plastic pollution & sea turtles
Sea turtles are vulnerable to ocean pollution at all stages of life, from eggs to hatchlings to juveniles to adults. Pollutants include things like toxic metals, pcb's, petroleum products, and agricultural and industrial runoff of contaminants such as fertilizers, chemicals, nutrients, and untreated waste. Pollutants may cause immediate harm to sea turtles through direct contact or can build up in tissues over time and lead to immunosuppression resulting in disease and death.
There are 5 major ocean gyres worldwide. In the Pacific Ocean, the North Pacific Gyre is home to the “Great Pacific Garbage Patch”, a large area that is approximately the size of Texas with debris extending 20 feet (6 meters) down into the water column. It’s estimated that this “plastic island” contains 3.5 million tons of trash and could double in size in the next 5 years. Researchers have also estimated that for every 2.2 pounds (1 kilogram) of plankton in this area, there is 13.2 pounds (6 kilograms) of plastic. Common marine debris items includes things like cigarette butts, cans, plastic bags and bottles, styrofoam, balloons, lighters, and toothbrushes. Discarded or lost fishing gear such as lines, nets and buoys are especially dangerous to sea life.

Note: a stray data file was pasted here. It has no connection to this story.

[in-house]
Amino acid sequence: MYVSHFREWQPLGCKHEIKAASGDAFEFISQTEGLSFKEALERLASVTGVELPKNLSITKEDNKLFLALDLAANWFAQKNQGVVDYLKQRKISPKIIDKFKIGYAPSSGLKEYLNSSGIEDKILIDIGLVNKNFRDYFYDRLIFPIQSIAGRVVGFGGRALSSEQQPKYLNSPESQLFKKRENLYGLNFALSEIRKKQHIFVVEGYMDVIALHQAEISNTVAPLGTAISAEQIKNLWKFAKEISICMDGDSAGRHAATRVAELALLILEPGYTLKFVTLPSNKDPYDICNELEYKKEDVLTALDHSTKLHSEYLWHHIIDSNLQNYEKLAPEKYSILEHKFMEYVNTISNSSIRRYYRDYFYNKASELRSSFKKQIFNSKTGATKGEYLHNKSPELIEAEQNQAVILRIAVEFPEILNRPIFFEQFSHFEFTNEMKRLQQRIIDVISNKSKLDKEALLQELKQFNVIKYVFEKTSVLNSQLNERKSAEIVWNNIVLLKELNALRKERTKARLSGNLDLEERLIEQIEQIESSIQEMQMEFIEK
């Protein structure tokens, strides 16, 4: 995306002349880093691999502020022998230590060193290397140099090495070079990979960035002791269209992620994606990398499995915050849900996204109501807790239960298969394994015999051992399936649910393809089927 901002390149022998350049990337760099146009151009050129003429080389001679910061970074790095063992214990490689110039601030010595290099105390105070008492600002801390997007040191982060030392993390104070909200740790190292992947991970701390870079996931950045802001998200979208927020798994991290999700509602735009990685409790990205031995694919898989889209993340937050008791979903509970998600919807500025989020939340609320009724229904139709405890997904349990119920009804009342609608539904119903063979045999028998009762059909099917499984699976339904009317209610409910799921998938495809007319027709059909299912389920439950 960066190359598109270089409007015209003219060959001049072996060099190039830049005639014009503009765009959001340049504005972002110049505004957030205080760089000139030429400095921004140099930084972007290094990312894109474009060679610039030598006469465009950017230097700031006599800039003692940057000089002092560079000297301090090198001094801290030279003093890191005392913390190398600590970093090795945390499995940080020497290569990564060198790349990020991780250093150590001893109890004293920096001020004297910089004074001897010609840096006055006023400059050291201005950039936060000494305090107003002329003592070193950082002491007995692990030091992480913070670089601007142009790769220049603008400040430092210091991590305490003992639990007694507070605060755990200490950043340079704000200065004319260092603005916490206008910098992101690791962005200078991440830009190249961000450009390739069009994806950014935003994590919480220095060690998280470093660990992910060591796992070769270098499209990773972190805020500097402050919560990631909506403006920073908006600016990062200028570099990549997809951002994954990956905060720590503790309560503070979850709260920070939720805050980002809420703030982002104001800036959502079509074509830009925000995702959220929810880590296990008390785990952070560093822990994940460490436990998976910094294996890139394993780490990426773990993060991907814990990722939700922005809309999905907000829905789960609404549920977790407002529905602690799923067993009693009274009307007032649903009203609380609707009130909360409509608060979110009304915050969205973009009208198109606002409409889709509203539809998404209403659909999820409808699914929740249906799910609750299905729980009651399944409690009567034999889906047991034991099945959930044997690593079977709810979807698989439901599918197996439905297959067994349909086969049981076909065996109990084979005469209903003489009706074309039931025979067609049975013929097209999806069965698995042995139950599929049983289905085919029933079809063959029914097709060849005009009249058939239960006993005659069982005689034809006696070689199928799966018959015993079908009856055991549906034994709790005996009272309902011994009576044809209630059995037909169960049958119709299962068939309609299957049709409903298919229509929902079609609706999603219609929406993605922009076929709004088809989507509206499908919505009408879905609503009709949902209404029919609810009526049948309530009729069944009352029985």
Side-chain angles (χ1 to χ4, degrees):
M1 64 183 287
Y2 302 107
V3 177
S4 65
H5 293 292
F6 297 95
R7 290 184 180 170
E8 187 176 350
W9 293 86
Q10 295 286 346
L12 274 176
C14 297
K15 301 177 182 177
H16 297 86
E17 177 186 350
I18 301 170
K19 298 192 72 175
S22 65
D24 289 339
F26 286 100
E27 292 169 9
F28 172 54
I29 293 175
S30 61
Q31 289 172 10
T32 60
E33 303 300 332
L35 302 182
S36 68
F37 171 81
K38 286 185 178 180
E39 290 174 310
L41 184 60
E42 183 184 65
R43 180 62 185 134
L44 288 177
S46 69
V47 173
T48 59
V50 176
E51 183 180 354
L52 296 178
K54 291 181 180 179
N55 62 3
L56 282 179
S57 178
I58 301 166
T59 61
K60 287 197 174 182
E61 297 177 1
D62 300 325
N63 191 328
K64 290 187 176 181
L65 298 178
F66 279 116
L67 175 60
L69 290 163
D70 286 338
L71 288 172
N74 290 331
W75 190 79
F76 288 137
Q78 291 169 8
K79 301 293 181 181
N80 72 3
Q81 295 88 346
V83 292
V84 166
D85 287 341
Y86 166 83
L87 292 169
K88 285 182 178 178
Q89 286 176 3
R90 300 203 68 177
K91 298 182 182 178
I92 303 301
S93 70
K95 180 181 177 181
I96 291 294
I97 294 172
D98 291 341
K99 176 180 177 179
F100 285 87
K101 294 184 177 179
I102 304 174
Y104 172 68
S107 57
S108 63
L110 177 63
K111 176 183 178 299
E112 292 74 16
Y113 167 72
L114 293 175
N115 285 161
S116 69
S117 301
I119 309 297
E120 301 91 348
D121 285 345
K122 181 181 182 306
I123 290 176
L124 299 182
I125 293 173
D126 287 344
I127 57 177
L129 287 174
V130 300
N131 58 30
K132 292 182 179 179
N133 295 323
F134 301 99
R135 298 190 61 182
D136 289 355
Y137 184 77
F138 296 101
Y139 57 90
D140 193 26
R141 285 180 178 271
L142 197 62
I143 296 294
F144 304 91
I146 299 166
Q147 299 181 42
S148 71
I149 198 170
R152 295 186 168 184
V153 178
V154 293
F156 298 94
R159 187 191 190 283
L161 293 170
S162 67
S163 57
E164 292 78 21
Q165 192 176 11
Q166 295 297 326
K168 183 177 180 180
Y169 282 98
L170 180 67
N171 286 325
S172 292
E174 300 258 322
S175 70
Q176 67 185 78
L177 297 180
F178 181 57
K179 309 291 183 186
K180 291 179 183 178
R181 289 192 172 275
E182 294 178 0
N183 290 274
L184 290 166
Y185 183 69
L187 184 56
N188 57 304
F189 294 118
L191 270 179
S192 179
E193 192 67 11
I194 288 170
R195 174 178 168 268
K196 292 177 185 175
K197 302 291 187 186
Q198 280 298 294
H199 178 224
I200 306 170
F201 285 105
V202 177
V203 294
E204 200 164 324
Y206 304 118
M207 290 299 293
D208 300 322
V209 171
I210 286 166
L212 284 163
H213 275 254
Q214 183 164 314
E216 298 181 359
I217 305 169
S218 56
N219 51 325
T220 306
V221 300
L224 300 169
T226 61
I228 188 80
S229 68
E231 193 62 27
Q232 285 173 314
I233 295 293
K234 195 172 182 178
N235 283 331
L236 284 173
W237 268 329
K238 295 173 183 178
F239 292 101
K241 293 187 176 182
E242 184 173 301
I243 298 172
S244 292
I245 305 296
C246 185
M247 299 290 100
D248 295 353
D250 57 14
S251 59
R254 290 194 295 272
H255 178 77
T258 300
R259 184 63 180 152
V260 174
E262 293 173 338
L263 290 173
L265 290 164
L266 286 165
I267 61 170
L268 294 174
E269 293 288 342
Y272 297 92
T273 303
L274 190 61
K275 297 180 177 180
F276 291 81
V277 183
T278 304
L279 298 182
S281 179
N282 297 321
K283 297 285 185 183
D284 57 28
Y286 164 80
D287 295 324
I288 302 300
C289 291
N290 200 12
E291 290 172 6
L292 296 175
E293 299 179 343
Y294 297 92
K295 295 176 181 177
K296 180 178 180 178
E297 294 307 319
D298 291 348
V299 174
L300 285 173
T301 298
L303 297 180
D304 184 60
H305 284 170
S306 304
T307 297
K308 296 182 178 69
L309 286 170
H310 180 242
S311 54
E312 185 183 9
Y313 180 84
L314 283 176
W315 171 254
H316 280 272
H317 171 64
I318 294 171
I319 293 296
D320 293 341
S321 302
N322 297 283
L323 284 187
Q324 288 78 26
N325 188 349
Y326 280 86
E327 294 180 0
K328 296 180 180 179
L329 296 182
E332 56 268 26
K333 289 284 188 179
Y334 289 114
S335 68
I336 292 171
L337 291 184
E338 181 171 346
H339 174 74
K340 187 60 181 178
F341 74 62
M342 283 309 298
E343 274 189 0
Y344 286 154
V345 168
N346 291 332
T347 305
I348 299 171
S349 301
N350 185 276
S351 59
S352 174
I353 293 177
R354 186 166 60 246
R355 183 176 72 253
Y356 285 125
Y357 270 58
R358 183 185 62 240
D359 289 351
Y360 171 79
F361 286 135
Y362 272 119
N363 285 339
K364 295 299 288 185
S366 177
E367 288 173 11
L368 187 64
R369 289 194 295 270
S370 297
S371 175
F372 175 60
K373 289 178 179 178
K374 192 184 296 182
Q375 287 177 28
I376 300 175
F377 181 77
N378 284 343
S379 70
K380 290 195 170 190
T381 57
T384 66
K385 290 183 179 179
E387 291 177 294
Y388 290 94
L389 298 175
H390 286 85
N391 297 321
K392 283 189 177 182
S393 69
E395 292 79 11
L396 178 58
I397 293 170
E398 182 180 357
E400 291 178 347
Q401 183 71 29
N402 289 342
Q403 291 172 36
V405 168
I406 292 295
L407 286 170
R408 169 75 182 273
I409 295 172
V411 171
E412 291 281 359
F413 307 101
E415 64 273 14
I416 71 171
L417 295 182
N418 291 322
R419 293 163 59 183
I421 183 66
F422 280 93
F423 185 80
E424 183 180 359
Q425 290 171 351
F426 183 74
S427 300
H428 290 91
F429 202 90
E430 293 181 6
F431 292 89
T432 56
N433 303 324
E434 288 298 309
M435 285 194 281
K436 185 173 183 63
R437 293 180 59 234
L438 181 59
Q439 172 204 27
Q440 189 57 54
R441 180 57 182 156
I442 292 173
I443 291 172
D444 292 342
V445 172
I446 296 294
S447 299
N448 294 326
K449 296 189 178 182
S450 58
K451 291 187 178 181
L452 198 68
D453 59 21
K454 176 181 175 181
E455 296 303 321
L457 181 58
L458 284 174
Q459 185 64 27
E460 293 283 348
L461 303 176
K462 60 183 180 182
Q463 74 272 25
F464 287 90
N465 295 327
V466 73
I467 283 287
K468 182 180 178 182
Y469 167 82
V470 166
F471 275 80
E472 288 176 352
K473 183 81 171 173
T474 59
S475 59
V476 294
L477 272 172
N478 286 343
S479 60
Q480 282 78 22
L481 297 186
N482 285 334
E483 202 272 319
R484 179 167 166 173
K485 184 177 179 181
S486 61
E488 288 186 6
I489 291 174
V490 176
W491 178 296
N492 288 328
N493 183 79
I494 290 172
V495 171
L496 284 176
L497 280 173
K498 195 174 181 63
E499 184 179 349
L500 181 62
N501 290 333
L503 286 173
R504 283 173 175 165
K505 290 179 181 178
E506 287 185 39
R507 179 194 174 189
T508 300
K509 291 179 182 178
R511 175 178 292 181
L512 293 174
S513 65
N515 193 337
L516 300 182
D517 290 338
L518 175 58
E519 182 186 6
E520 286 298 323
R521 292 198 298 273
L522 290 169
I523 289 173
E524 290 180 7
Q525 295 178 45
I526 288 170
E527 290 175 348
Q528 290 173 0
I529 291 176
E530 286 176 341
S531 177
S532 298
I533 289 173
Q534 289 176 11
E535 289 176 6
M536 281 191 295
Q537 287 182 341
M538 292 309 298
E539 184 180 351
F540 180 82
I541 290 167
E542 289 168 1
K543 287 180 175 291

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Plastic affects sea turtles throughout their life. Nesting turtles & hatchlings have to crawl through trash on the beach, turtles often confuse bags in the water for jellyfish and eat them, and they can get caught in plastic floating in the ocean. Learn more: https://www.seaturtleweek.com/pollution #SeaTurtleWeek
Every minute, one garbage truck’s worth of plastic is dumped into our oceans. All this plastic poses a huge risk to turtles who may ingest or become entangled in plastic. Plastics also release toxic chemicals when they are in the ocean which can poison wild animals. #SeaTurtleWeek via @hsiglobal
Pollution is a serious problem for all life globally, and marine debris in particular has proven to be an extremely persistent issue for animals like sea turtles. There are many ways to prevent man-made materials from becoming pollution in the environment, but another fantastic way to contribute is to clean a local beach! The Riverhead Foundation for Marine Research and Preservation (RFMRP) hosts beach clean-ups year round at 5 different beaches around Long Island, NY, and this program has removed more than 8,100 pounds of trash since it began in 2016! Sign up to help us clean a beach near you here: https://www.signupgenius.com/go/4090a4aa9a823aaf58-pick4
Photo: Ben J. Hicks